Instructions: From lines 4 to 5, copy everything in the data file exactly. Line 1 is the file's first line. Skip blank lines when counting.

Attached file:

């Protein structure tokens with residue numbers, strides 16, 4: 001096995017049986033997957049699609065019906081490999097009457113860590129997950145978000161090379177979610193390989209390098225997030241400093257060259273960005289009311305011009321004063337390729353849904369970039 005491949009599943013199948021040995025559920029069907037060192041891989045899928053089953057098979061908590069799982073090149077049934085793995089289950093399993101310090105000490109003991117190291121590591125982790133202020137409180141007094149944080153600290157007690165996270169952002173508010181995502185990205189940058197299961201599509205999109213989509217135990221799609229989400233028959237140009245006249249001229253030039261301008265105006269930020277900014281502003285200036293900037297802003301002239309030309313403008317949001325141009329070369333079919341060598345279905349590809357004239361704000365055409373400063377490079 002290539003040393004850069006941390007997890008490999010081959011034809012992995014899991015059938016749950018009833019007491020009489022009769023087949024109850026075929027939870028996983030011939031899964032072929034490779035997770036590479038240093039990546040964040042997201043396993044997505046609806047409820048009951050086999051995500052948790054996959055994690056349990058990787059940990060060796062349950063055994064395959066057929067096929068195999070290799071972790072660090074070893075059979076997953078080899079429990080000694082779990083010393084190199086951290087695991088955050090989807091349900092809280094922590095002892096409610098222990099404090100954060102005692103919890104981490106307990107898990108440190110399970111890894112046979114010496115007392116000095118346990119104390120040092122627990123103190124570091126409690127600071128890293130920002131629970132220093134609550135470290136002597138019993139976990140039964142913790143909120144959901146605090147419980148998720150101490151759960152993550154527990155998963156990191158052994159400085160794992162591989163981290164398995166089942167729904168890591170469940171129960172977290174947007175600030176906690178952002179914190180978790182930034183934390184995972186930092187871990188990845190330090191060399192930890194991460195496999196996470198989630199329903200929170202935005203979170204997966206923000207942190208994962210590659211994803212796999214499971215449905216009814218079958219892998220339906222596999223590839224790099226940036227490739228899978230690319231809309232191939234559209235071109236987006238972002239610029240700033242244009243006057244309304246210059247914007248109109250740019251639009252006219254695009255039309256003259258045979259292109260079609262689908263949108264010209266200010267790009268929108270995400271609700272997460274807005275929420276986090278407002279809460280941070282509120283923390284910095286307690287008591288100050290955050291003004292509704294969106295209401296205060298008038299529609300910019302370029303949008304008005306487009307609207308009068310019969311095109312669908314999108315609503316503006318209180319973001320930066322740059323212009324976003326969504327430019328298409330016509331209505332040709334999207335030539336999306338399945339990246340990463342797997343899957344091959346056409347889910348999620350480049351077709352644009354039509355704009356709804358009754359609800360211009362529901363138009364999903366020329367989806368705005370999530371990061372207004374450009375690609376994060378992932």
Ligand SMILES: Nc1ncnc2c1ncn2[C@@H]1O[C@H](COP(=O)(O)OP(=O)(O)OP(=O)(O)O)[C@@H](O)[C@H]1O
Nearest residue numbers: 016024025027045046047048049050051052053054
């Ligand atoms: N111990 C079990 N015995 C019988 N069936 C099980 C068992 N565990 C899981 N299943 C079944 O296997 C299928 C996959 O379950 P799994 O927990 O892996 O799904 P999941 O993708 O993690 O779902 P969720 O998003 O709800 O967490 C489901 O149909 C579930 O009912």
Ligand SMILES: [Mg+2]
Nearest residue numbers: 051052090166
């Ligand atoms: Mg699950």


């Ligand atoms: N111990 C079990 N015995 C019988 N069936 C099980 C068992 N565990 C899981 N299943 C079944 O296997 C299928 C996959 O379950 P799994 O927990 O892996 O799904 P999941 O993708 O993690 O779902 P969720 O998003 O709800 O967490 C489901 O149909 C579930 O009912």
Ligand SMILES: [Mg+2]